2. Advancing maternal health 
    The United States continues to face a severe maternal morbidity and mortality crisis, and Black women and other women of color are at particularly high risk. The president’s budget includes $471 million to support implementation of the White House Blueprint for Addressing the Maternal Health Crisis (PDF) to reduce maternal mortality and morbidity rates and address persistent disparities. In addition, the budget requires all states to provide continuous Medicaid coverage for a year postpartum, eliminating gaps in health insurance at a critical time for birthing people. 

    Urban Institute research projects that an additional 123,000 uninsured new mothers would likely be eligible for Medicaid/Children’s Health Insurance Program annually if pregnancy-related coverage were extended for a year postpartum in every state. Although similar shares of Black and white uninsured new mothers would gain eligibility under an extension, Black mothers would disproportionately benefit given their higher levels of postpartum uninsurance.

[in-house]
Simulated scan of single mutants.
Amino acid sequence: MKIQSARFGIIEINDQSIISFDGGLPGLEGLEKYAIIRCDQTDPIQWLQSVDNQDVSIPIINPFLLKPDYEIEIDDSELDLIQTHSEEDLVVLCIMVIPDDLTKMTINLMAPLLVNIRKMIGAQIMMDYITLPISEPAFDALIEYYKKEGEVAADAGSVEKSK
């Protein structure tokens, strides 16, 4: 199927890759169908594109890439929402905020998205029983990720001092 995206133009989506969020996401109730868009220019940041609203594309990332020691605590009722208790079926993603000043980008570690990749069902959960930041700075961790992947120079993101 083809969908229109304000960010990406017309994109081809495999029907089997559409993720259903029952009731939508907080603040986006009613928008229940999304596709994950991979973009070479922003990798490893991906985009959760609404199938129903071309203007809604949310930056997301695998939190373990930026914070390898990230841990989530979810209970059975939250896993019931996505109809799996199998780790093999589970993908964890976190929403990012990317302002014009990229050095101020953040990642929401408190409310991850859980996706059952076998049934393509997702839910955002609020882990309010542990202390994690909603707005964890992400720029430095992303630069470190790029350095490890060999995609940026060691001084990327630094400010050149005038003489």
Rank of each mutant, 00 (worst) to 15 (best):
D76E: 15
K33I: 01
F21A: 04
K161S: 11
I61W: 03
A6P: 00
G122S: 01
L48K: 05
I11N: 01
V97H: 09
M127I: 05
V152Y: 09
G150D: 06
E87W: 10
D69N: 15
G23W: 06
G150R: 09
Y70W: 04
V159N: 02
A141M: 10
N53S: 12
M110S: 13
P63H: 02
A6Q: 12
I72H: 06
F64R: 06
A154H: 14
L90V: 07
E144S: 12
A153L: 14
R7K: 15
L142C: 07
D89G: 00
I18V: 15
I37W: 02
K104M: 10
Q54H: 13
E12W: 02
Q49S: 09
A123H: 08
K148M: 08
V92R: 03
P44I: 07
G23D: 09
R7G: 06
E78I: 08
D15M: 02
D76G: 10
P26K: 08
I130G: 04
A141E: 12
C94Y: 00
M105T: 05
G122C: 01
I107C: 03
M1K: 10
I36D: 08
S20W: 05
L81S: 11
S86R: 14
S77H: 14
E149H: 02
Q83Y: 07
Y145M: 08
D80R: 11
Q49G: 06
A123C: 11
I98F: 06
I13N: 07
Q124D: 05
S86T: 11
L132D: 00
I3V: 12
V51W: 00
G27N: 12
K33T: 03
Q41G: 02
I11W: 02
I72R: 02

The proposed budget also includes an expansion of rural maternal health initiatives, which could improve outcomes for Black women, as Black women in rural areas shoulder a disproportionate share of severe maternal morbidity.

  3. Lowering health care costs
    The budget would make permanent the expanded premium tax credits that the Inflation Reduction Act extended. It also provides Medicaid-like coverage to individuals in states that haven’t adopted Medicaid expansion under the Affordable Care Act, paired with financial incentives to ensure states maintain their existing expansions. Closing the Medicaid coverage gap would result in a 53.7 percent reduction in uninsurance among Black women of reproductive age, the largest decline in uninsurance across all ages and genders.